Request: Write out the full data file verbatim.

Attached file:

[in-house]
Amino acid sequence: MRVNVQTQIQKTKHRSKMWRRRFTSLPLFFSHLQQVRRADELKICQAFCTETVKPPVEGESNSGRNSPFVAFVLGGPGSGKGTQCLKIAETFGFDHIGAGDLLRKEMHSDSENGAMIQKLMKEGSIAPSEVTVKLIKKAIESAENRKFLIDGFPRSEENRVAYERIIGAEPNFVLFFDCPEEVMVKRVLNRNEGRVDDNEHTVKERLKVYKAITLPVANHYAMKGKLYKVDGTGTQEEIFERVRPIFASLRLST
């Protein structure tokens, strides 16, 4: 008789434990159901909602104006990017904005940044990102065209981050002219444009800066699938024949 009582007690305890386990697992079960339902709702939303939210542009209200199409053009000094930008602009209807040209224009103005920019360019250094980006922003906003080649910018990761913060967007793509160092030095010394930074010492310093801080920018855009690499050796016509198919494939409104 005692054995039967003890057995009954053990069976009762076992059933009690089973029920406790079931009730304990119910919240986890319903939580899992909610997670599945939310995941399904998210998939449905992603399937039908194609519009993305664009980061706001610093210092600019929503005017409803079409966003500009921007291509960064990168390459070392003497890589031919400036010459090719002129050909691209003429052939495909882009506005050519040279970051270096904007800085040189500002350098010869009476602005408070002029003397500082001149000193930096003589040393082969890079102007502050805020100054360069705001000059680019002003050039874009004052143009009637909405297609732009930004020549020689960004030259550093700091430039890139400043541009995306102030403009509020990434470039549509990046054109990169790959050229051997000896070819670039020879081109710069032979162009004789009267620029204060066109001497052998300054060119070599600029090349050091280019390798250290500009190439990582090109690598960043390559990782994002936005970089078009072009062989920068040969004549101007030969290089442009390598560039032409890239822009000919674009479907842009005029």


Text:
[in-house]
Amino acid sequence: MRVNVQTQIQKTKHRSKMWRRRFTSLPLFFSHLQQVRRADELKICQAFCTETVKPPVEGESNSGRNSPFVAFVLGGPGSGKGTQCLKIAETFGFDHIGAGDLLRKEMHSDSENGAMIQKLMKEGSIAPSEVTVKLIKKAIESAENRKFLIDGFPRSEENRVAYERIIGAEPNFVLFFDCPEEVMVKRVLNRNEGRVDDNEHTVKERLKVYKAITLPVANHYAMKGKLYKVDGTGTQEEIFERVRPIFASLRLST
């Protein structure tokens, strides 16, 4: 008789434990159901909602104006990017904005940044990102065209981050002219444009800066699938024949 009582007690305890386990697992079960339902709702939303939210542009209200199409053009000094930008602009209807040209224009103005920019360019250094980006922003906003080649910018990761913060967007793509160092030095010394930074010492310093801080920018855009690499050796016509198919494939409104 005692054995039967003890057995009954053990069976009762076992059933009690089973029920406790079931009730304990119910919240986890319903939580899992909610997670599945939310995941399904998210998939449905992603399937039908194609519009993305664009980061706001610093210092600019929503005017409803079409966003500009921007291509960064990168390459070392003497890589031919400036010459090719002129050909691209003429052939495909882009506005050519040279970051270096904007800085040189500002350098010869009476602005408070002029003397500082001149000193930096003589040393082969890079102007502050805020100054360069705001000059680019002003050039874009004052143009009637909405297609732009930004020549020689960004030259550093700091430039890139400043541009995306102030403009509020990434470039549509990046054109990169790959050229051997000896070819670039020879081109710069032979162009004789009267620029204060066109001497052998300054060119070599600029090349050091280019390798250290500009190439990582090109690598960043390559990782994002936005970089078009072009062989920068040969004549101007030969290089442009390598560039032409890239822009000919674009479907842009005029």